Wanderlust; it’s a term found on the glossy pages of travel magazines and heard amongst friends at the pub. It’s a word that defines the deep love we all share for exploring the world. But have you ever wondered why some always seem to be planning their next big adventure, while others prefer home comforts and familiar surroundings? Apparently, it’s all down to science. Researchers have found the desire to travel linked with a certain gene nicknamed the “wanderlust gene,” but known amongst Geneticists as DRD4-7R. The gene is a dopamine receptor, which means it helps to control the amount of dopamine that floods our brain, the chemical that makes our heart skip a beat and lifts our mood when you fall in love, eat some chocolate, exercise, or jet off on holiday. But, DRD4-7R is slightly different as this dopamine receptor increases people’s desire to take risks.

It’s thought that around 20% of the population has this gene and it’s even been linked to human migration. In 1999 research by the University of California suggested that those with the gene are more comfortable living a travel lifestyle and don’t fare as well living amongst settled villagers. Many have suggested that some of the finest travellers in history possess the gene including Amelia Earhart, Marco Polo and of course Charles Darwin.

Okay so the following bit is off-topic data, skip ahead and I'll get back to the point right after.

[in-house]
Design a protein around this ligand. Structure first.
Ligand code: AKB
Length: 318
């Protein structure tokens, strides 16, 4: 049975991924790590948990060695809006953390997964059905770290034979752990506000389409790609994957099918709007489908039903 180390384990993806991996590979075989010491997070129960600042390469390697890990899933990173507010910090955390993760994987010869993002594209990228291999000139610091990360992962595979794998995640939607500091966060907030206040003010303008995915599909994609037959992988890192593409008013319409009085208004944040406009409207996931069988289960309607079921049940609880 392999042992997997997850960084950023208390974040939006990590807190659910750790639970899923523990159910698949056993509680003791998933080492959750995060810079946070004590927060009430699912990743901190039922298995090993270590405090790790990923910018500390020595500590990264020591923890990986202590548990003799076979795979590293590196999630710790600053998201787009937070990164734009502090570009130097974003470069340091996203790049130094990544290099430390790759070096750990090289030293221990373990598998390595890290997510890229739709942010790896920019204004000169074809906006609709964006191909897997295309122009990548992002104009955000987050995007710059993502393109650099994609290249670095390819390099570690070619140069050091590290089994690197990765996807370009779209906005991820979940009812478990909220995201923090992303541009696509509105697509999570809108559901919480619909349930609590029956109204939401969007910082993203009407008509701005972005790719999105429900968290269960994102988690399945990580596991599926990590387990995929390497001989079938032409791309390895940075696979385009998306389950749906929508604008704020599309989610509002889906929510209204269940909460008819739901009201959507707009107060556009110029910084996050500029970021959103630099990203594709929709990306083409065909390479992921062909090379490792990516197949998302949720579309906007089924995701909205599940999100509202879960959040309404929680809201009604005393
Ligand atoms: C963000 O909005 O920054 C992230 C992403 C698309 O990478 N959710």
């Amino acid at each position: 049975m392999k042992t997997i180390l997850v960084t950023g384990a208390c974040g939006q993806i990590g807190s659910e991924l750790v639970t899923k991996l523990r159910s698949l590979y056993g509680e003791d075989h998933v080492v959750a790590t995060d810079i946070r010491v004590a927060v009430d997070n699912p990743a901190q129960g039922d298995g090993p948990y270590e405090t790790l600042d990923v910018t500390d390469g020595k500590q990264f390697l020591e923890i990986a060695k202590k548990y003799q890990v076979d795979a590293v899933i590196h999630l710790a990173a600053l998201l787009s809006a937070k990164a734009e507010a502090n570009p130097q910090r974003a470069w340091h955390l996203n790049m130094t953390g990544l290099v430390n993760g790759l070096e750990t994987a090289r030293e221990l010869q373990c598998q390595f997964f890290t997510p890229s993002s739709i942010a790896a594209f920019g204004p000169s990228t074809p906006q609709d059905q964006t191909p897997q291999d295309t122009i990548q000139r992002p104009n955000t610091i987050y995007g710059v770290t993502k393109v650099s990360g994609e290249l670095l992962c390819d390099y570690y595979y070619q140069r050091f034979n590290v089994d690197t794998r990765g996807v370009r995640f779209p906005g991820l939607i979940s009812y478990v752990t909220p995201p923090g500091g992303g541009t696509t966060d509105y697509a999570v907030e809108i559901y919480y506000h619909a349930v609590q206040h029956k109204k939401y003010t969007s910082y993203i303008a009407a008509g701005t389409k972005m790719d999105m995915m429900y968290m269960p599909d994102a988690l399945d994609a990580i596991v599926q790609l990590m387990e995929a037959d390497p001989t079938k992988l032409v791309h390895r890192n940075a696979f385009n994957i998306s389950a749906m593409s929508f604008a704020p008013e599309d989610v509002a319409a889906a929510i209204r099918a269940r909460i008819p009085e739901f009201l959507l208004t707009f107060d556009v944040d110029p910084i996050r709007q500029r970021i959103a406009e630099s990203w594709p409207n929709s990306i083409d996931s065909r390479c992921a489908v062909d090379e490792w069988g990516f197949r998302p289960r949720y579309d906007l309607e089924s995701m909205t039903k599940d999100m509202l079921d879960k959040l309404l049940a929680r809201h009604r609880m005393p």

However, Dr Richard Ebstein, Professor of Psychology at the National University of Singapore, has been studying DRD4-7R for more than two decades. In his professional opinion, one gene can’t have that much of an impact on your entire personality.

“Any one gene only contributes a very small percentage towards someone’s personality,” says Dr Ebstein to the Telegraph. “The other fly in the ointment is the environment, there are studies that suggest environmental effects actually change the way the ‘wanderlust gene works.”

So, what do you think? Are you harbouring a gene that makes you dream of distant lands and leads you to scroll through Skyscanner late into the night? Or do you think this is something that resides in all of us? Let us know by commenting below.